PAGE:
Thursday, December 27, 2007

Art Trivia

As we went through the Turner exhibit at the National Gallery recently, my friend commented that she was most interested in the color of the walls. Since most of his paintings were landscapes, I couldn’t figure out what she was talking about until she explained.

Apparently before the installation of a major exhibit, all the gallery walls are painted in a color family that supports the colors in the art without overpowering them. The actual color varies from room to room, even from wall to wall withing a room. This had simply never occurred to me. But as I looked closer, I could see that she was quite correct.

Then I started to wonder just how many layers of paint were on those walls! Could they possibly remove the paint each time before repainting?

One of the guests at Deborah’s Christmas dinner happened to be an art historian who had done a stint at the National Gallery and who is currently at the Corcoran. She confirmed this wall painting concept and went further to explain what goes on behind the scenes.

She said there is often controversy between the person who designs the exhibit, the curator, and the installers. In the case of the Turner exhibit, apparently in the name of balance the installers chose to separate two large paintings that are on either side of the entrance into the first room of the exhibit. The curator would have wanted the paintings to be hung right next to each other because they belong together.

I guess, as with anything, the art world is not as straightforward as we might think as we saunter through an exhibit. I may never recognize the separation of paintings, but from here on out I will pay attention to the wall color.


Blogger Kristin said...

Who knew? I'll definitely pay more attention from now on.

8:13 PM  
Blogger Barbara said...

Kristin -- I'm sure the process of how the various paintings are selected/acquired/borrowed would be quite interesting as well. These are the things that are never apparent to the casual museum-goer!

9:57 PM  
Blogger Richard said...

I was pretty sure there was a lot of discussion over how paintings are to be arranged and hung.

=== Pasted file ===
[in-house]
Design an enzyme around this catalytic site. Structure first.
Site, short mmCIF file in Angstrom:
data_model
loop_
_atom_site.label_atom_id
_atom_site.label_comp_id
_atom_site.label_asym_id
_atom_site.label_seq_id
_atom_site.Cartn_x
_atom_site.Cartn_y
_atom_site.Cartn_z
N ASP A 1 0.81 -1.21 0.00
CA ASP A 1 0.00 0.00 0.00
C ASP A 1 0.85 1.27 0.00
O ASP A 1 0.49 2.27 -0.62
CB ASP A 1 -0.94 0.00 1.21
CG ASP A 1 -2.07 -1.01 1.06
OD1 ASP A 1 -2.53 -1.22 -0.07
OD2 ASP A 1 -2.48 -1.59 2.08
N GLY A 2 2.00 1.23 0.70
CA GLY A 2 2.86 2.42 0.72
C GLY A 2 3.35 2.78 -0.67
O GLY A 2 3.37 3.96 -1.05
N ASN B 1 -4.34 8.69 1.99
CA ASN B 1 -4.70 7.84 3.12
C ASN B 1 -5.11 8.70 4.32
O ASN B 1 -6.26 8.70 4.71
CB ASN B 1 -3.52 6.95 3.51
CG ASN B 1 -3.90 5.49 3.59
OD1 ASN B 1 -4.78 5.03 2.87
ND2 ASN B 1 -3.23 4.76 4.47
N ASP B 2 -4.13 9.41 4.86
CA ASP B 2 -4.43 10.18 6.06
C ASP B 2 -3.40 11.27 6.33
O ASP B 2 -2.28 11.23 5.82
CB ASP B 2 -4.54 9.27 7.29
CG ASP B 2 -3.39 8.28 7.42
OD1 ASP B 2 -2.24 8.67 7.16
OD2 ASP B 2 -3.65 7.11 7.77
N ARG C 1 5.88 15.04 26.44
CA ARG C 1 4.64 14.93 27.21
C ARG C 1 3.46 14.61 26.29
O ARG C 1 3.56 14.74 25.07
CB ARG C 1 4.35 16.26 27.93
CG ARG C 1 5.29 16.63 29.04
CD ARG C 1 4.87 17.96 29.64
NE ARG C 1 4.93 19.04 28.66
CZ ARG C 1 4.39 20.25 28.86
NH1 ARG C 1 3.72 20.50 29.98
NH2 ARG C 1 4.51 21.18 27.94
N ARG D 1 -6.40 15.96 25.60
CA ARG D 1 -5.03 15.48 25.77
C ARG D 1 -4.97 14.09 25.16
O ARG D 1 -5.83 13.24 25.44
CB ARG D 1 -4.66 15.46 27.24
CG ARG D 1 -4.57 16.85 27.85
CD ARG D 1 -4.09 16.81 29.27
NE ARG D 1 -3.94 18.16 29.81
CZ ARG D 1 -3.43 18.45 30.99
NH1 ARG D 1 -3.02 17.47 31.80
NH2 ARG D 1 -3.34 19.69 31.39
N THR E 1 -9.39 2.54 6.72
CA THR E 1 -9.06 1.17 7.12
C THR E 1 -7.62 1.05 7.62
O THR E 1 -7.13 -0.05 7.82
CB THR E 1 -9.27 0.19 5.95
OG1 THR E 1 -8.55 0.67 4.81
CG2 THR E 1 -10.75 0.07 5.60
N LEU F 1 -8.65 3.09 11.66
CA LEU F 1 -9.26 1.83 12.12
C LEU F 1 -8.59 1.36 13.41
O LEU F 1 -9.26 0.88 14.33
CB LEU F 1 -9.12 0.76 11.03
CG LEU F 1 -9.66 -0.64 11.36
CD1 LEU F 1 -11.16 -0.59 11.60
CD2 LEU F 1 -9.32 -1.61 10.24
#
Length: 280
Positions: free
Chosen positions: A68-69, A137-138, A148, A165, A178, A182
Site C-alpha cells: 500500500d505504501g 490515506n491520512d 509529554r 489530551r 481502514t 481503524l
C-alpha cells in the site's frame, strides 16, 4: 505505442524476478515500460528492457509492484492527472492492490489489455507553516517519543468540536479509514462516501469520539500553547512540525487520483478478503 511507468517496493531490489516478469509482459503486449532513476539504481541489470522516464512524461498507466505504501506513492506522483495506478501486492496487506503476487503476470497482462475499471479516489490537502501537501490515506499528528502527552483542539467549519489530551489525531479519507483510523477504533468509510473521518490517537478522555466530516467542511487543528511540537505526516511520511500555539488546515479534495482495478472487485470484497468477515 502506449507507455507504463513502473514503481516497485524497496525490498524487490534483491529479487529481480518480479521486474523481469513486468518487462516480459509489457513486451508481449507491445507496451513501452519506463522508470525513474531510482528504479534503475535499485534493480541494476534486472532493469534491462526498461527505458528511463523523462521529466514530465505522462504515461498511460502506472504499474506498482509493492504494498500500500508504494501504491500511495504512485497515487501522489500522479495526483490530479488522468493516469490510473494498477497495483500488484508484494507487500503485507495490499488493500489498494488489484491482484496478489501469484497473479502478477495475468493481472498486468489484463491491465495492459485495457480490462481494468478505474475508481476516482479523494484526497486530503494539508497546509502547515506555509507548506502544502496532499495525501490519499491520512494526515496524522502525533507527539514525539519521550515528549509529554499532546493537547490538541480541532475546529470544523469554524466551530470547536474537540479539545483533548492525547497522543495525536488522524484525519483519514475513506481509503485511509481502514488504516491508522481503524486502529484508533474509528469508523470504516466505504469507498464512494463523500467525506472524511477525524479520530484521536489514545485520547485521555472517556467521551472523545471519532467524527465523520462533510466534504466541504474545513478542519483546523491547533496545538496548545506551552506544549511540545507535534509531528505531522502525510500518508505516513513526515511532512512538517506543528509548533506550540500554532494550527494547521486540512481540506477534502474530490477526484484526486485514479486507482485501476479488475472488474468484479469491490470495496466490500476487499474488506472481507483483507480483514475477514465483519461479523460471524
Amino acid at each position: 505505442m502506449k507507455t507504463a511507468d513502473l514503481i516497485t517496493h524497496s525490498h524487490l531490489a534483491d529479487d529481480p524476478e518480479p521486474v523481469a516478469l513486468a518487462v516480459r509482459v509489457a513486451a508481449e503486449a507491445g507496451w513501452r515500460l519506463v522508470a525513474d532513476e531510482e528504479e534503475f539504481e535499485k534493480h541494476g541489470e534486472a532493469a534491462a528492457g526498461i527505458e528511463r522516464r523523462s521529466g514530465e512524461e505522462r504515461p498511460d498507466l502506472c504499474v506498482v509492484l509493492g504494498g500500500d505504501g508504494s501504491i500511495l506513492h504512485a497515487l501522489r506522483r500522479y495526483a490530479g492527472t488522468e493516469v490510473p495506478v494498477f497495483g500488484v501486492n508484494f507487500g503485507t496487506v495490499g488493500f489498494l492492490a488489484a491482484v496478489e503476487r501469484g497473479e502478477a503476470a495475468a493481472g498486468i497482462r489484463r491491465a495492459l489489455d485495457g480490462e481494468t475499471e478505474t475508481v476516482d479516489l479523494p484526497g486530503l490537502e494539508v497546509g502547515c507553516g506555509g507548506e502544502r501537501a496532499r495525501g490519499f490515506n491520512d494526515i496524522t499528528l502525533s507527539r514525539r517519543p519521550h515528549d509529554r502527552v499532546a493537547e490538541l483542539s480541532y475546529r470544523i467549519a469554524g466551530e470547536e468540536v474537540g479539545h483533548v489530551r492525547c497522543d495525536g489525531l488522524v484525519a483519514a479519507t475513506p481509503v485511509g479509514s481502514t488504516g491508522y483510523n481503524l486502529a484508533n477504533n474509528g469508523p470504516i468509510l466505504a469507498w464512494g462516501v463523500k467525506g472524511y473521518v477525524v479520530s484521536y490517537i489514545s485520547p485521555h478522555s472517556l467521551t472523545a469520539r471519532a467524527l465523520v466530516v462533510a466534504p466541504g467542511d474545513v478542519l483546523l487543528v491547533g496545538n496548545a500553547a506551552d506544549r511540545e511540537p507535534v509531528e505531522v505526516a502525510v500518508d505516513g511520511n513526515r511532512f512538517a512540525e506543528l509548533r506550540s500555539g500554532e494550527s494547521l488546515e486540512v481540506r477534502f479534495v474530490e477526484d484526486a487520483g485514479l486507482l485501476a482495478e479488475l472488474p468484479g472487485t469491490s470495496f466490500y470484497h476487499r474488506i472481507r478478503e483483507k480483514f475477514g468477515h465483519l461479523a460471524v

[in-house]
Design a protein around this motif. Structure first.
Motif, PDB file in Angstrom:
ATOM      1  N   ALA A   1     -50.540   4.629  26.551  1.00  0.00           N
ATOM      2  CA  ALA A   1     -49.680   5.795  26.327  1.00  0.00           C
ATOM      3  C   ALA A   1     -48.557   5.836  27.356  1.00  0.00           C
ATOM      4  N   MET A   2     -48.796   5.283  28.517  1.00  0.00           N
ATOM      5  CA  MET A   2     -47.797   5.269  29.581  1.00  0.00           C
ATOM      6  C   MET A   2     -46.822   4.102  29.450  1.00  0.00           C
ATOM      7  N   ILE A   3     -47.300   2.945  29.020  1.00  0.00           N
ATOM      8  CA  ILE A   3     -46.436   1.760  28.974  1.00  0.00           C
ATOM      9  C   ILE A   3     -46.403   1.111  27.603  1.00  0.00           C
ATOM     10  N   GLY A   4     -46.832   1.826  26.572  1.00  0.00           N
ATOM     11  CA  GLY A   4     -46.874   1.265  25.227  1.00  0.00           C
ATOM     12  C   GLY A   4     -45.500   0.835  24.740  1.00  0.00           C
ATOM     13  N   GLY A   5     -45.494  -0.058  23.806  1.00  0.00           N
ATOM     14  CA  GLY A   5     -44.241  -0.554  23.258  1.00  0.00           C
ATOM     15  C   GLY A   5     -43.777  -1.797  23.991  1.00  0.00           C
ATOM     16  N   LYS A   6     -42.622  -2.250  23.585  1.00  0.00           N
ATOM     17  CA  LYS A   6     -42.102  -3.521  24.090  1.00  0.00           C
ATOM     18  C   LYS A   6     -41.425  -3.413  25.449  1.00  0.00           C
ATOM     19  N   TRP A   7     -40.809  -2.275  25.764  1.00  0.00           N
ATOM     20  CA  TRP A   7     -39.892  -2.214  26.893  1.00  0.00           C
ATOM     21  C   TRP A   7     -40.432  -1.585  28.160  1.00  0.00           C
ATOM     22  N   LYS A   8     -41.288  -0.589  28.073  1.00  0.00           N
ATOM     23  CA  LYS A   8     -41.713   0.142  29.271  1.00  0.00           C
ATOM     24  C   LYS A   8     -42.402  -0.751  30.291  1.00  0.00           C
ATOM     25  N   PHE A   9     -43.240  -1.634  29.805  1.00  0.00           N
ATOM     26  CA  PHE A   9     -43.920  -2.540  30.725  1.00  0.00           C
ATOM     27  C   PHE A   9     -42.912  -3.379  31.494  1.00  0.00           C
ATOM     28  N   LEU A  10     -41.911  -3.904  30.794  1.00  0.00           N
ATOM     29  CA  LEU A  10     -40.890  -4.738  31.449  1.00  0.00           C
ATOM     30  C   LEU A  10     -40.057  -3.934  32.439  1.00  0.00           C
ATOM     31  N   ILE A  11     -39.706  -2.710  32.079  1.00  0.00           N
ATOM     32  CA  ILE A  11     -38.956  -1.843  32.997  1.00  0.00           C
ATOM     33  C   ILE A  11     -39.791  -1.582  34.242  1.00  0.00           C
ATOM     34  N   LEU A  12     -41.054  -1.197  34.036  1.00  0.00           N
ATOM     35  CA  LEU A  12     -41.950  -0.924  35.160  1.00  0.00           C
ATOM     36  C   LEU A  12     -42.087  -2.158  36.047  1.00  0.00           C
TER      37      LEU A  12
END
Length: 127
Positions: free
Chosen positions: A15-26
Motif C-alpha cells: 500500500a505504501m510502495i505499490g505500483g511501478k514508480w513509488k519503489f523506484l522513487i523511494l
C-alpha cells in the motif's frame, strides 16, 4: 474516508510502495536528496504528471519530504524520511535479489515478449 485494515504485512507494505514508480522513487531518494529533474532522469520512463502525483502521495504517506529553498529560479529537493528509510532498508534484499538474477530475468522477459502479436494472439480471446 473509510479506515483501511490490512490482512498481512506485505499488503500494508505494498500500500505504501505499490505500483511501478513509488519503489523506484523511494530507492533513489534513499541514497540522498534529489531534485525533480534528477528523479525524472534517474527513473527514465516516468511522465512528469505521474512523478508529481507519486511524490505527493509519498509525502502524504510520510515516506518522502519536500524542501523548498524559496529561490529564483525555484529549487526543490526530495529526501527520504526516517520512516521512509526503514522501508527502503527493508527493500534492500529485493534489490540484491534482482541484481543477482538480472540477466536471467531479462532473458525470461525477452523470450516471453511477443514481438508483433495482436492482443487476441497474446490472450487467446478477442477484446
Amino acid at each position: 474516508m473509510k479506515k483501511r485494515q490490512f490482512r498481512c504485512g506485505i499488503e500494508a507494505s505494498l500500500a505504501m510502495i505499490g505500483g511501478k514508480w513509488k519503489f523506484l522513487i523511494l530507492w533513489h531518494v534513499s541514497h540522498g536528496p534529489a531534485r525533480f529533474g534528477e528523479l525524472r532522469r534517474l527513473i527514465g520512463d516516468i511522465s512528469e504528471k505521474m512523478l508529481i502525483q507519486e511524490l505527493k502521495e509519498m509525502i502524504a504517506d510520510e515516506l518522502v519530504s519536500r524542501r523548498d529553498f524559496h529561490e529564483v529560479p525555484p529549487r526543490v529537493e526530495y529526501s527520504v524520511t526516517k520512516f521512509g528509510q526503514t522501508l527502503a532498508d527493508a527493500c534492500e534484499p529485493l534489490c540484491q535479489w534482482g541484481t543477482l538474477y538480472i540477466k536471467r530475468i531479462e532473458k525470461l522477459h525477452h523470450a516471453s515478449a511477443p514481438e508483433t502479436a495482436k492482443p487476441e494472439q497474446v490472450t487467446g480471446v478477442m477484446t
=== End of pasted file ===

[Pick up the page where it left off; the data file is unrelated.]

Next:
I am just glad I am not part of it. PErsonally, I would go for fairly neatral wall colours and arrange paintings by grouping (size or theme or style or chronologically or whatever). Balancing them estetically would not have been an issue with me.

5:00 PM  
Blogger Barbara said...

Richard -- There is actually a reason for the color to give each room/wall the maximum chance to convey what the artist intended. A neutral color throughout would make it boring.

5:44 PM  
Blogger Kellyann Brown said...

This is an interesting train of thought. I had the opportunity to see the same paintings displayed in very different ways and measure the effect on me. While traveling through Houston, I went to the Houston Museum of Art and walked through their presentation of the Kress Collections. They were hung on what could be described white partitions which didn't reach to the top of the ceiling. It was like a souped up version of an elementary school exhibit. Just coming from Italy and having spent a month exploring various Italian art sites, I was just plain insufferable (just ask my traveling companion, Claudia). I wasn't impressed by the art. I believe I made some insufferable comment about this being the art that the Italians sold to rich Americans.

Roughly a year late, the Kress collection showed up at the DeYoung Museum and I went to see it. The collection was placed on dove grey to dark grey walls in a portion of the museum that had muted, emotional lighting. I came away with a much better appreciation for the paintings. Whether it was time or their better treatment, I had a much more positive emotional response to them.

just my two cents,

8:08 PM  
Blogger Barbara said...

Kelly -- I'm now convinced things like the color of the walls and the lighting make a huge difference. When we were in Florence a couple of years ago, I remember being disappointed at the Uffizi Gallery, mainly because of how difficult it was to navigate and understand. I seriously doubt the walls had been painted in the last decade, but maybe I am wrong...

8:50 PM  
Blogger Richard said...

"Boring" is a word that has been used to describe me.

9:08 PM  
Blogger Kellyann Brown said...

I think that "insufferable" was just Claudia's code word for "boring with attitude" :::laugh:::

Trying to be less insufferable,


11:35 PM  

Post a Comment

Links to this post:

Create a Link

<< Home